Phenomenal Conservatism and Evidentialism in Religious Epistemology

Chris Tucker

in Evidence and Religious Belief

Published in print July 2011 | ISBN: 9780199603718
Published online September 2011 | e-ISBN: 9780191729287 | DOI:
Phenomenal Conservatism and Evidentialism in Religious Epistemology

Show Summary Details


Phenomenal conservatism, as it is discussed in this chapter, is a theory of evidence possession. It holds that if it seems to a subject that P, then the subject possesses evidence which supports P. This chapter applies phenomenal conservatism to religious belief with the aim of securing two theses. First, phenomenal conservatism is better suited than is proper functionalism to explain how a particular type of religious belief formation can lead to non-inferentially justified religious beliefs. Second, phenomenal conservatism makes evidence so easy to obtain that the truth of evidentialism wouldn’t be much of an obstacle to justified religious belief. It is natural to object that phenomenal conservatism makes evidence absurdly easy to obtain, but this objection ultimately fails.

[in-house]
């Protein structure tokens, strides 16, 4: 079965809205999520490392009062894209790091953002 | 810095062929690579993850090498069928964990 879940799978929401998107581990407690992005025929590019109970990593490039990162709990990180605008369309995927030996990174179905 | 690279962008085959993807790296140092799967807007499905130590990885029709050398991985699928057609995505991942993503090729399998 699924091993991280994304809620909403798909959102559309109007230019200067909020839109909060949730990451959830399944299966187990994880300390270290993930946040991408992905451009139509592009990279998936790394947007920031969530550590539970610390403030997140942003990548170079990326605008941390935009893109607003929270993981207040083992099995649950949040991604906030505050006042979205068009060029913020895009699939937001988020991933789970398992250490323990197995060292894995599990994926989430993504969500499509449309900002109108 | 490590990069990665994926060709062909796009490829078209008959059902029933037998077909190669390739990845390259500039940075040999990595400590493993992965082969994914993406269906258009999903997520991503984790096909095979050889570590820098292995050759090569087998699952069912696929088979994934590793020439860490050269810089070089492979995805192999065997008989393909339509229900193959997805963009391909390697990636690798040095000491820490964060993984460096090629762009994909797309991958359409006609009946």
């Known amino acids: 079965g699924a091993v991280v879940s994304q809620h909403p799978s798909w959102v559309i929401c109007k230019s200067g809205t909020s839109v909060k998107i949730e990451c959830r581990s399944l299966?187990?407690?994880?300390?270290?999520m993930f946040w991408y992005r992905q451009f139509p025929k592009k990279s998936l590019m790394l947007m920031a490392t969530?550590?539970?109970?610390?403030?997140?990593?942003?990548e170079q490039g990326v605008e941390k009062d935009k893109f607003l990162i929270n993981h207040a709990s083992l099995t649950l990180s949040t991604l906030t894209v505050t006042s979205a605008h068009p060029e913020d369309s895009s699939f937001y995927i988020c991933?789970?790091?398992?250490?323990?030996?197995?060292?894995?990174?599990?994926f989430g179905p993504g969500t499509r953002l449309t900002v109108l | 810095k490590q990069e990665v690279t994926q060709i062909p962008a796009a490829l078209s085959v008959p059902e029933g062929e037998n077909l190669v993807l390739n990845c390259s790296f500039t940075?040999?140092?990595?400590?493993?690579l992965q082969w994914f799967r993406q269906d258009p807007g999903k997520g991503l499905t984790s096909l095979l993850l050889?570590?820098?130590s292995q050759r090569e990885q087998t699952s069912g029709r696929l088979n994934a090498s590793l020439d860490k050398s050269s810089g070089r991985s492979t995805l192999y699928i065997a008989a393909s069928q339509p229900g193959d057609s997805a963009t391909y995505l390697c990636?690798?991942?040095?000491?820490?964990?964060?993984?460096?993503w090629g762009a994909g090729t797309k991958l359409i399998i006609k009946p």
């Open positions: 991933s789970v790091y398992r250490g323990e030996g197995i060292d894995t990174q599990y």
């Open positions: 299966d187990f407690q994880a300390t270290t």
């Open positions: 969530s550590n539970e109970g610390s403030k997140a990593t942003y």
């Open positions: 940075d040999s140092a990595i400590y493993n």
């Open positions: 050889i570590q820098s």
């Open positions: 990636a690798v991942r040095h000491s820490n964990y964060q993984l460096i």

Keywords: phenomenal conservatism; Plantinga; proper functionalism; evidentialism; religious epistemology; seemings; evidence; Wykstra; religious experience

Chapter.  10943 words. 

Subjects: Metaphysics

Full text: subscription required

How to subscribe Recommend to my Librarian

Buy this work at Oxford University Press »

Users without a subscription are not able to see the full content. Please, subscribe or login to access all content.